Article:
As a presidential candidate, Joe Biden floated making Silicon Valley giants legally responsible for user material on their platforms. His resolution on the issue is poised to face an early test when his administration takes over trade talks with U.S. allies.
Like President Donald Trump, Biden has called for the repeal of a crucial set of liability protections that shield online companies from lawsuits over the user content they host. But he has yet to say whether his White House will push to enshrine those legal safeguards in U.S. trade pacts, something the Trump administration has continued to do even amid the president’s own attacks against that liability shield.
The issue has emerged as a bipartisan flashpoint in Washington, with a broad cast of lawmakers ranging from Democratic House Speaker Nancy Pelosi to conservative Sen. Ted Cruz (R-Texas) calling on U.S. trade officials to erase that language from their deals. Lawmakers say baking those protections into trade pacts could make it more difficult to revamp the legal shield at the federal level. Congress is considering changes to the law, known as Section 230, amid heightened scrutiny of how tech companies police user material on their sites.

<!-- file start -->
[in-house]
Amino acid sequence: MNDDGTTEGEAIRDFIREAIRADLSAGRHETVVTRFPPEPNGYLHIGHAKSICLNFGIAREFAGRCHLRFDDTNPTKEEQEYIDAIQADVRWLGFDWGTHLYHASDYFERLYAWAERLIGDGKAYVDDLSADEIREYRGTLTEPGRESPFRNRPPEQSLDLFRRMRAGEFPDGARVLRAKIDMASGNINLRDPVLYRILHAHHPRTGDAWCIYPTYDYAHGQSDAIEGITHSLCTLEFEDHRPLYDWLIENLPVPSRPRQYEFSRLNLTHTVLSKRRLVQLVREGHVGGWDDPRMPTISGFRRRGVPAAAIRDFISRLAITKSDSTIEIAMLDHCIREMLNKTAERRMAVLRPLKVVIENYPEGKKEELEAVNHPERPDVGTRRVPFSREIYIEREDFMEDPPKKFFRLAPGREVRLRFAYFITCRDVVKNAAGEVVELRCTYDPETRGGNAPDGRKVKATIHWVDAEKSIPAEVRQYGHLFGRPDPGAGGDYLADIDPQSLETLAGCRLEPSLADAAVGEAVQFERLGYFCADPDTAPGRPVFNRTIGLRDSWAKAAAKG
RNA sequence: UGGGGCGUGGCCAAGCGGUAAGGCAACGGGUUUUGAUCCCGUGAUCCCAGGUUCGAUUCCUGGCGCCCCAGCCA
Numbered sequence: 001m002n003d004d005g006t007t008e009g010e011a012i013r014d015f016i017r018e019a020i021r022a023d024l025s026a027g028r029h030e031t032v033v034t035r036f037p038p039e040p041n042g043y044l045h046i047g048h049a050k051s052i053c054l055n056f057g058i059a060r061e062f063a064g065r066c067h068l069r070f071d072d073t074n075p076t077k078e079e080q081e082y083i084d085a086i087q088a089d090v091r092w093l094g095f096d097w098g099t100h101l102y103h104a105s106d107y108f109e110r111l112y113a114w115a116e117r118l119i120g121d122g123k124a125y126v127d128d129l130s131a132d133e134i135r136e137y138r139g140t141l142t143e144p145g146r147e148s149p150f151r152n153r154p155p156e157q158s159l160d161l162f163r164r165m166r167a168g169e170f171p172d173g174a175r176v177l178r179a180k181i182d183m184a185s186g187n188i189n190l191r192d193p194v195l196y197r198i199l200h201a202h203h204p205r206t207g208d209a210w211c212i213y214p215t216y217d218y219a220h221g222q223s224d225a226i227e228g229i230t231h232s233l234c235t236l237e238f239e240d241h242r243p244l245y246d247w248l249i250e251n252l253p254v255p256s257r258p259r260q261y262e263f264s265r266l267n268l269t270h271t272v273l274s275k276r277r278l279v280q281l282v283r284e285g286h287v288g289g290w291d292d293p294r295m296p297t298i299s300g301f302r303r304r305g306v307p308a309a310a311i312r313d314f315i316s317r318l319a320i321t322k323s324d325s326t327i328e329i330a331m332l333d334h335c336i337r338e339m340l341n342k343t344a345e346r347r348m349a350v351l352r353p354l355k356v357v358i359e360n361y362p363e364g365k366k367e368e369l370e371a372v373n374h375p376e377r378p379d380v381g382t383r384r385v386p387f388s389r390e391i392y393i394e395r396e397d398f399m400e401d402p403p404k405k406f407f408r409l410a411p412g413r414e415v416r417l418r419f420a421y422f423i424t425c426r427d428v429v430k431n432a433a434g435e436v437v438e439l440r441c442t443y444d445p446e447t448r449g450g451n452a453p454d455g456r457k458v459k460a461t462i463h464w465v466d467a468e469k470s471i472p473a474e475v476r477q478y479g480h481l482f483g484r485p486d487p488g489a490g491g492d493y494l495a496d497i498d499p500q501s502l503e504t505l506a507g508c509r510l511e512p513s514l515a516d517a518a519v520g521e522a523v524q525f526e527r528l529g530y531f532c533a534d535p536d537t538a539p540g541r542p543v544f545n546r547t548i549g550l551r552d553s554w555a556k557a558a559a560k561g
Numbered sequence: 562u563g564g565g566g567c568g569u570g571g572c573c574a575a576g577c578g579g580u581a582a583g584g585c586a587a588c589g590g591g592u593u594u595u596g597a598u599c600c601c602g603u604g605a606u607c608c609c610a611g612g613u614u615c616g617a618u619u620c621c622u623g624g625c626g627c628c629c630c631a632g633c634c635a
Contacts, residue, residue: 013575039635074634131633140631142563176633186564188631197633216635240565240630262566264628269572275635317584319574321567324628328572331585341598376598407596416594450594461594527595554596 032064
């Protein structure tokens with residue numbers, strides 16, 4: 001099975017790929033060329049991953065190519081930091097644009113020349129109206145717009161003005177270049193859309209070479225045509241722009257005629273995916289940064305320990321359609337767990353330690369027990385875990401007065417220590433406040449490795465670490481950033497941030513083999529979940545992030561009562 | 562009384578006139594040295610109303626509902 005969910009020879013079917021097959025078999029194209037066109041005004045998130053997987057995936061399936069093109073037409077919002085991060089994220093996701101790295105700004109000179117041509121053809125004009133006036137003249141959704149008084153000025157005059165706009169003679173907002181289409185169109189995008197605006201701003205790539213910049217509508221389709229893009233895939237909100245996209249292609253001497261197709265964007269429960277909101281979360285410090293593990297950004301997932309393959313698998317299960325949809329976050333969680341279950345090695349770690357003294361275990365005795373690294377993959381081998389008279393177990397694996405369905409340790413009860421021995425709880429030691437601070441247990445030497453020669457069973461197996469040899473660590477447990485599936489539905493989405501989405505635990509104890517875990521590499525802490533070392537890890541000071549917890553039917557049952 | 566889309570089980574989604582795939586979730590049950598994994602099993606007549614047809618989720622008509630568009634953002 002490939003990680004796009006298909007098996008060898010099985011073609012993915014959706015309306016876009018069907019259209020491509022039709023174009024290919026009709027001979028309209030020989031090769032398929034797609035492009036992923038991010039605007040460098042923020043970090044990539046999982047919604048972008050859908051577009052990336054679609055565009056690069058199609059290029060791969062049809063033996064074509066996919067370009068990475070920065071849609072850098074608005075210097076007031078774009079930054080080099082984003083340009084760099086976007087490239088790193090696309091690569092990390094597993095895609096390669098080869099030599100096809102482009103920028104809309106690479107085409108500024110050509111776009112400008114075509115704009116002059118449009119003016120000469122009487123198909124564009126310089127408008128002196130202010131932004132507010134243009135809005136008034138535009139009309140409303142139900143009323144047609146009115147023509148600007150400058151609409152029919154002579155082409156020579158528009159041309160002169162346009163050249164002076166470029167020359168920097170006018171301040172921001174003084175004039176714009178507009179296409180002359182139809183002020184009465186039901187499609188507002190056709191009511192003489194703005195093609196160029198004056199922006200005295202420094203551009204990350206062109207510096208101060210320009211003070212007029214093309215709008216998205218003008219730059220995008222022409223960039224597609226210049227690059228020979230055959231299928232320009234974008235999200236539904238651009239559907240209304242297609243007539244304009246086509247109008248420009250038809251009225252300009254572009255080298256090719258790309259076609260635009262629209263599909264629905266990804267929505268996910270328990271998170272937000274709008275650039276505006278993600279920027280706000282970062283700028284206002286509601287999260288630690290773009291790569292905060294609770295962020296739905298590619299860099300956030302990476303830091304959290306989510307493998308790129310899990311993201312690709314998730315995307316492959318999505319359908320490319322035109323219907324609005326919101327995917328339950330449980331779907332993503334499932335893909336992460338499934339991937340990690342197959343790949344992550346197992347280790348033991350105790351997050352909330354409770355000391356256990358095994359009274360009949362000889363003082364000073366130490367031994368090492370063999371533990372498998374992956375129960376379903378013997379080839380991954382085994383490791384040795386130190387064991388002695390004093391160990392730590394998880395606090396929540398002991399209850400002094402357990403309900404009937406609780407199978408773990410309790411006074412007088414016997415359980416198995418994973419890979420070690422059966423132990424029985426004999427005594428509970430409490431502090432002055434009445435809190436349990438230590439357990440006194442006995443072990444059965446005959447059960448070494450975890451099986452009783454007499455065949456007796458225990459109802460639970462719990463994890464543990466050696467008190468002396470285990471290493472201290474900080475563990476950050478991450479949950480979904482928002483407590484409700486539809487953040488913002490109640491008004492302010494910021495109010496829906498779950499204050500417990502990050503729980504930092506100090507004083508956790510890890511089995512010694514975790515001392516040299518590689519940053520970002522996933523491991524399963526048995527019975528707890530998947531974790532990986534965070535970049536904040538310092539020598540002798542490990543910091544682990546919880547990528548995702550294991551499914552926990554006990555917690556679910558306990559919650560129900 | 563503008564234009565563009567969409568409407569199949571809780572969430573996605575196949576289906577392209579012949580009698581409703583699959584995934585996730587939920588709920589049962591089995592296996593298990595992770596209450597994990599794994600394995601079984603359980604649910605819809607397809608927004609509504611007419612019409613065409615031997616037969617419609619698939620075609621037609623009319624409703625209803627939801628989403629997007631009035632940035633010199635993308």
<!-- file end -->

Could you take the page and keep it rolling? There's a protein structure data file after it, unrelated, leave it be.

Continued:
While Biden has called for upending those legal protections — his most aggressive proposal targeting the tech industry to date — lawmakers, foreign leaders, industry executives and advocacy groups told POLITICO in interviews that his administration’s stance on the trade front will signal how serious he is about following through.
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